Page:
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The Messianic Character of American Education

Rushdoony’s study tells us an important part of American history: exactly what has public education been trying to accomplish? Before the 1830s and Horace Mann, no schools in the U.S. were state supported or state controlled. They were local, parent-teacher enterprises, supported without taxes, and taking care of all children. They were remarkably high in standard and were Christian. From Mann to the present, the state has used education to socialize the child. The school’s basic purpose, according to its own philosophers, is not education in the traditional sense of the 3 R’s. Instead, it is to promote “democracy” and “equality,” not in their legal or civic sense, but in terms of the engineering of a socialized citizenry. Public education became the means of creating a social order of the educators design. Such men saw themselves and the school in messianic terms. This book was instrumental in launching the Christian school and homeschool movements.


The Messianic Character of American Education



Introduction: By Ivan R. Bierly

1. Liberal Education

2. The “Divine Rights” of Education

3. Horace Mann and the Messianic Character of American Education

4. James G. Carter: An Engine to Sway the People

5. Edward A. Sheldon: Oswego and the Secular School

6. Henry Barnard: The Wheeling of the Spheres

7. William Torrey Harris: The State and the True Self of Man

8. John Swett: The Self-Preservation of the State

9. Charles De Garmo: Morality as Social Adjustment

10. Col. Francis Wayland Parker: The Divine Child in the Divine State

11. William James: Education and Conditioning

12. Nicholas Murray Butler: Education for the State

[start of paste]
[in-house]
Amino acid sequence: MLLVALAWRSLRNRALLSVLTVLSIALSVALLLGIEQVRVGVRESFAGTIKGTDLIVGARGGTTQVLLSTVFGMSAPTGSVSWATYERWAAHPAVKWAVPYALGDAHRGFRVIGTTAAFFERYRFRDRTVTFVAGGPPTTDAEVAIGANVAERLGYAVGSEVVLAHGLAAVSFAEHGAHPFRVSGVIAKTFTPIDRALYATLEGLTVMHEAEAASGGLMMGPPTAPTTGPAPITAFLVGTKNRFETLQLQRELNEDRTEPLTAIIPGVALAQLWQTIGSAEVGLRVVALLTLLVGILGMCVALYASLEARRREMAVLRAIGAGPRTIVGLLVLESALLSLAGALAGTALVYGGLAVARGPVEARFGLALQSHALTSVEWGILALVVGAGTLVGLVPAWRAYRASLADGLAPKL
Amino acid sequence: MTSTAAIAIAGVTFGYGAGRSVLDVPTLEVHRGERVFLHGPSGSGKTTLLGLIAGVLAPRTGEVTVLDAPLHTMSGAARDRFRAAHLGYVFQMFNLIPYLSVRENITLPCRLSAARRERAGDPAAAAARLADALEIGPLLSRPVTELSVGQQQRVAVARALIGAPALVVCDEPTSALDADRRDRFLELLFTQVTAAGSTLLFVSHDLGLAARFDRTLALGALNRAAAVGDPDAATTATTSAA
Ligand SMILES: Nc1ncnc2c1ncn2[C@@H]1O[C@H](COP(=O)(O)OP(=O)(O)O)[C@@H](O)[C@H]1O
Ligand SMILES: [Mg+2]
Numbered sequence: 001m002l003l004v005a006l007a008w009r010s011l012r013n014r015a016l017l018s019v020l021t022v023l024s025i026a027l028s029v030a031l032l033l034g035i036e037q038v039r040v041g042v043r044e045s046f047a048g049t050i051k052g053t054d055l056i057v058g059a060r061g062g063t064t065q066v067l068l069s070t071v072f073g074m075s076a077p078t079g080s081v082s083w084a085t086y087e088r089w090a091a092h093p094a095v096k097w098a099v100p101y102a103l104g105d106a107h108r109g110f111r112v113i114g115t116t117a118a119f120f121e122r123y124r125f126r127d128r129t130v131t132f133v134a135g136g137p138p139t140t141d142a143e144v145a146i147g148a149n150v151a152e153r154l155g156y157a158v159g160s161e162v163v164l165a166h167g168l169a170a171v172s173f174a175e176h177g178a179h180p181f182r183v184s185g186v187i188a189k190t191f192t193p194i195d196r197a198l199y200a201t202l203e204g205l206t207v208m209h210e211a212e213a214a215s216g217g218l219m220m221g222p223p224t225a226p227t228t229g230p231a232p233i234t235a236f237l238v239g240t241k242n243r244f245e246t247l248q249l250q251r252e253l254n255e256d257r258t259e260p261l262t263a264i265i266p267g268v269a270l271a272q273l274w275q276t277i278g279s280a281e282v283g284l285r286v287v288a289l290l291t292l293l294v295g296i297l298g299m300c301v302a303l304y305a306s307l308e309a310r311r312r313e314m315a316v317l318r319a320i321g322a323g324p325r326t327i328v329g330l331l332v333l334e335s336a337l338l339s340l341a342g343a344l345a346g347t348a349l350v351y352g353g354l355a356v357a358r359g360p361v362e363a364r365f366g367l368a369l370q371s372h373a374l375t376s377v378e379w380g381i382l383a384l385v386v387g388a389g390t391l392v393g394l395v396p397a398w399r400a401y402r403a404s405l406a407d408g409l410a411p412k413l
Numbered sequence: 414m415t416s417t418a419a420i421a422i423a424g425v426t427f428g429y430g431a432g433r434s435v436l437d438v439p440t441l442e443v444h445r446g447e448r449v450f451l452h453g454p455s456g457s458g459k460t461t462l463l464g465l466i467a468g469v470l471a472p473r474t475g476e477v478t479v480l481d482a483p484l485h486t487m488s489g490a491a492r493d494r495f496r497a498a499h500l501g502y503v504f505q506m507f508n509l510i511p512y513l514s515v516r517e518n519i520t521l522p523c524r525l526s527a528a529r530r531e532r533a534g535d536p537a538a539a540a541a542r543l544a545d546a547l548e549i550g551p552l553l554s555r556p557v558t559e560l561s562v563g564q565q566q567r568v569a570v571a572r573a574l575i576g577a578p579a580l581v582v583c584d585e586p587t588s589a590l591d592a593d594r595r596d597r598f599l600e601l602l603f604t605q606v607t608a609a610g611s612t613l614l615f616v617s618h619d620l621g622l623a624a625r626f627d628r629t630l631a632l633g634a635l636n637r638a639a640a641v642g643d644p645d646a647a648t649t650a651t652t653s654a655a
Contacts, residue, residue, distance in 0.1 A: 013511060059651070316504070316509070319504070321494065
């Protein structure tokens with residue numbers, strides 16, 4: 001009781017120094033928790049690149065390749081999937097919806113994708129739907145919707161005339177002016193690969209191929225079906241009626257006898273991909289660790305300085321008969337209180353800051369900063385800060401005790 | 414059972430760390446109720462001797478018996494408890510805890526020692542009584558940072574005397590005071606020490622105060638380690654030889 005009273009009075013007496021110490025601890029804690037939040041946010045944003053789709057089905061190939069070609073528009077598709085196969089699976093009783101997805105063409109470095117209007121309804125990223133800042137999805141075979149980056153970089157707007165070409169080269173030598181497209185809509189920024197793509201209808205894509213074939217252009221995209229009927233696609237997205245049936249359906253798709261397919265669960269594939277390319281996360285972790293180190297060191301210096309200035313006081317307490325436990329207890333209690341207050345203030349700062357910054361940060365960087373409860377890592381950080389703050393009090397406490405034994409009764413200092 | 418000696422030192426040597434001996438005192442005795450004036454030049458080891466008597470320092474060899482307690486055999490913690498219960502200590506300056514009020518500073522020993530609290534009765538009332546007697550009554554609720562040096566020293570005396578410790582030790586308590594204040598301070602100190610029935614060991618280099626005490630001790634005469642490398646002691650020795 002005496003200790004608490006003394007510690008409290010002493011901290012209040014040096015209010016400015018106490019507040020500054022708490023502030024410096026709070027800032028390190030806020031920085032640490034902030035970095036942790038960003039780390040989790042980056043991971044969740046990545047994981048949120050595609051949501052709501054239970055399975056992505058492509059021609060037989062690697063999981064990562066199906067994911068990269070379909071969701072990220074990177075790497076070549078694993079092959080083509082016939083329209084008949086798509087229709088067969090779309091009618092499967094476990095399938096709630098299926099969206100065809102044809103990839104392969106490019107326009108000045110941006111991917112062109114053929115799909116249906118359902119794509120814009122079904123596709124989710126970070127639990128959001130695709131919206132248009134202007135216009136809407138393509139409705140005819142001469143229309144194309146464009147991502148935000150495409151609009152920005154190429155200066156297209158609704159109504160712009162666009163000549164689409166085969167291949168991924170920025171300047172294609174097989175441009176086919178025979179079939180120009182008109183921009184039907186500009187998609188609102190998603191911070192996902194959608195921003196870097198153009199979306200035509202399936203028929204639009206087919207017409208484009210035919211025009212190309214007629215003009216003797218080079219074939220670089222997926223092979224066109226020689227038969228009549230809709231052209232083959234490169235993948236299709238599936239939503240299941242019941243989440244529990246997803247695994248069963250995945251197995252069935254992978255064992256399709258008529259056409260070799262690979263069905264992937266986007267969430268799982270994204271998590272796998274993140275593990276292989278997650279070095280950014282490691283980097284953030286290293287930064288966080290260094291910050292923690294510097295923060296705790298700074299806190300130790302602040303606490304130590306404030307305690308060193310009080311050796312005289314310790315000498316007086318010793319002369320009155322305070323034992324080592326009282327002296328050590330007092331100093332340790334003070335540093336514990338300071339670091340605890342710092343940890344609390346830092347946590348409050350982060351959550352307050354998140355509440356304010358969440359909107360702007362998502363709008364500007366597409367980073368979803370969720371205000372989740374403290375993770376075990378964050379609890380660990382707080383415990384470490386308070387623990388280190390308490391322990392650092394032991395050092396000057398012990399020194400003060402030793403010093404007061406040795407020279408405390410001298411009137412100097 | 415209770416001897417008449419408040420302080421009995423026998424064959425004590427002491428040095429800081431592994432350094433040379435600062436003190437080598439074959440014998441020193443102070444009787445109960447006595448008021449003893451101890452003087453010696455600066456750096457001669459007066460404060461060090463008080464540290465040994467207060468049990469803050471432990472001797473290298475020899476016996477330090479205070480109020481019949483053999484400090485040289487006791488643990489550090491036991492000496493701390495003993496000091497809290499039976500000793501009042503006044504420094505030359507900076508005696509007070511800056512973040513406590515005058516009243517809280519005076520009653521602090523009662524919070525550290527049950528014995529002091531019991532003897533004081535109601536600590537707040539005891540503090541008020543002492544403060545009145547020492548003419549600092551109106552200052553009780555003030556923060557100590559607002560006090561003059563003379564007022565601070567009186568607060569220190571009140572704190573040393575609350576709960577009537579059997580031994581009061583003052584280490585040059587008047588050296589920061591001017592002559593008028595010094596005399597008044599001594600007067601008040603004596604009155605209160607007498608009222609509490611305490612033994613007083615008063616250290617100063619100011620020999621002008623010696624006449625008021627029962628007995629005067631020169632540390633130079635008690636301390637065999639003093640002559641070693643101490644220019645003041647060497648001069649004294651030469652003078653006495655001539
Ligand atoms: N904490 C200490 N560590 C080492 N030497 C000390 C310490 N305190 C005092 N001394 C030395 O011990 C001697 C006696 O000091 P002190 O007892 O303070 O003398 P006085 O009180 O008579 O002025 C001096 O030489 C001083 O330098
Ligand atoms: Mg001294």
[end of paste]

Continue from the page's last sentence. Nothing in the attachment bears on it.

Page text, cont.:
13. G. Stanley Hall: The Child-Centered Society

14. Herman Harrell Horne: Man and the Universe

15. John Dewey’s New Jerusalem: “The Great Community”

16. J. B. Watson: Science and Utopia

17. Carleton Washburne: Education to Save Democracy

18. Edward Lee Thorndike: Education as a Science

19. Boyd H. Bode: “Is Progressivism a New Absolutism?”

20. Willam Heard Kilpatrick: The Repeal of the Past

21. Harold O. Rugg: Democracy as a Messianic Religion

22. George S. Counts: Who Shall Control Education?

23. Theodore Brameld: Democracy and Consensus

24. The Kindergarten: Model for a New Eden

25. Is the University Beyond the Laws?

26.The Freedom of Higher Education

27. “Education as a Religion”

28. the Lowest Common Denominator

Rev. R.J. Rushdoony (1916–2001), was a leading theologian, church/state expert, and author of numerous works on the application of Biblical law to society. He started the Chalcedon Foundation in 1965.  His Institutes of Biblical Law (1973) began the contemporary theonomy movement which posits the validity of Biblical law as God’s standard of obedience for all. He therefore saw God’s law as the basis of the modern Christian response to the cultural decline, one he attributed to the church’s false view of God’s law being opposed to His grace. This broad Christian response he described as “Christian Reconstruction.”  He is credited with igniting the modern Christian school and homeschooling movements in the mid to late 20th century. He also traveled extensively lecturing and serving as an expert witness in numerous court cases regarding religious liberty. Many ministry and educational efforts that continue today, took their philosophical and Biblical roots from his lectures and books.

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